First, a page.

Diaries of a Dog Trainer (part 1)

It’s difficult for me to pinpoint exactly where it all started. I could go back seven years ago, to a day in June 2009 where I was sat in my back garden with a friend who was then a dog walker and who finally persuaded me to set up a just for fun training class that people could join. Or I could take you back even further, to April 2005, when I acquired my first dog, Zeus, who at the time was extremely anxious and in desperate need of some TLC. Or, I could take you back even further than that, to a day in a month I cant even remember now, when I was still very young and growing up in a family that was simply crazy in love with animals, dogs very much in particular! Perhaps it’s difficult for me to pinpoint where it all started, because my passion for animals has always been there. It’s in my blood. Even on the days where life just feels like it’s against me and I think to myself that I’ve had enough, really, I’m just fooling myself because I know I could never have enough. You see, dogs are just that, my whole entire life and dogs are something I could never have enough of.

Let me share with you my first memories of the dogs that blessed my childhood. After all, it was those guys that taught me my first lessons in communication….something I understand and refer to now professionally as Canine Body Language and Communication. I remember one day, walking in to my Auntie Margaret’s house and hearing somewhat of a giddy commotion in the kitchen. It must have been a Friday, although I could be wrong, but I’m guessing it was as that’s where I used to sleepover every week after school was out. I remember walking in and my Aunt, in her thick Irish accent, bellowing out at me to watch myself as, just then, I saw the dopiest Doberman puppy running up to me. He was the gangliest, clumsiest, most gormless dog that I had ever met in my life and he was called Duke. With big brown eyes, thin floppy ears and nothing but a stump for a tail that throughout his life he never really seemed completely in control of. I thought he was simply magnificent. And from the moment I clapped eyes on him I instantly fell in love. I also remember falling to the floor too, as Duke launched himself at my face and showered me with big fat slobbery tongue licks. ‘Agggghhht! A’ flamin’ well told ya’ to wetch eeet!’ I remember Margaret yodelling as my uncle Chris, who was the one who had brought Duke home just stood and laughed. I barely remember what happened in the kitchen after that. I just remember running to the door in the kitchen and virtually flying into the back garden to play with my new friend, and indeed that is exactly what Duke was throughout his life….a dear, unwaveringly loyal and trusted friend. We spent hours and hours playing outside and despite all of our interaction, he never seemed to get any wiser to my tricks. I referred to him fondly as Dukey and would shout him to come and chase me around the circular flower bed that laid to the right of the garden. I’d run in circles encouraging him to chase me and then after three or four laps I’d quickly turn and run towards him. As true a dope as ever, we would run straight in to each other and every single time, he would look as shocked as the first time I ever played that trick on him. I realised during those games, that the more excitable and squeaky my voice was, the harder and faster Duke used to play.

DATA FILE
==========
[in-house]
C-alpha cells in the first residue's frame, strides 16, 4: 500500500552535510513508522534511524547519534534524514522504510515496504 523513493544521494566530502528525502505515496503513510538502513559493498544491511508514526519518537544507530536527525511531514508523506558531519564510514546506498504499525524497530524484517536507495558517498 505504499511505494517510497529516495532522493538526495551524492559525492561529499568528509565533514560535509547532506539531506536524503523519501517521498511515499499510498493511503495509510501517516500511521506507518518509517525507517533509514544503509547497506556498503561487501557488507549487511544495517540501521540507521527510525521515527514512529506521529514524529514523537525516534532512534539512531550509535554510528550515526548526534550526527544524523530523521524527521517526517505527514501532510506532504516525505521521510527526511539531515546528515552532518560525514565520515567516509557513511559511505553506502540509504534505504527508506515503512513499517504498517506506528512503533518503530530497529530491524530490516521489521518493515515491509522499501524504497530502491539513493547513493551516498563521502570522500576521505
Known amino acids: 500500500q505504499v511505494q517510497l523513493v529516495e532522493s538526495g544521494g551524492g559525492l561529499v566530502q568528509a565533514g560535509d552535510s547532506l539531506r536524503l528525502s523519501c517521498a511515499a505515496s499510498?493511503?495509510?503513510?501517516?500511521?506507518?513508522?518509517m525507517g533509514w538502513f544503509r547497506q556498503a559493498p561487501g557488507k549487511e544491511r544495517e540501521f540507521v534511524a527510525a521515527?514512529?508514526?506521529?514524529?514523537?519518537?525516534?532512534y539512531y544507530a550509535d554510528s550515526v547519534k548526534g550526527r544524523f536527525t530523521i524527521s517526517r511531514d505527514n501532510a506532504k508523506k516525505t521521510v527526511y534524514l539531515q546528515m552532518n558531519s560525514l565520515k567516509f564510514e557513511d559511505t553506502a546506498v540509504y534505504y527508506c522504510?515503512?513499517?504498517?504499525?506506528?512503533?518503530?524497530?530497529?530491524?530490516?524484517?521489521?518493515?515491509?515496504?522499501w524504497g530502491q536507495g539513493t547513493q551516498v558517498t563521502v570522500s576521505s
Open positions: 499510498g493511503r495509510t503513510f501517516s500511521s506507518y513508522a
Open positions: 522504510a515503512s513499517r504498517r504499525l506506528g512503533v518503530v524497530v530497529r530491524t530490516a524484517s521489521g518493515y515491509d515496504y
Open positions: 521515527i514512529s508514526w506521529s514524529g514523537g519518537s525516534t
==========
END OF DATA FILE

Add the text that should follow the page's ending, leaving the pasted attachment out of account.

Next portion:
Your movement around dogs can be a foundation for a fun and trusting relationship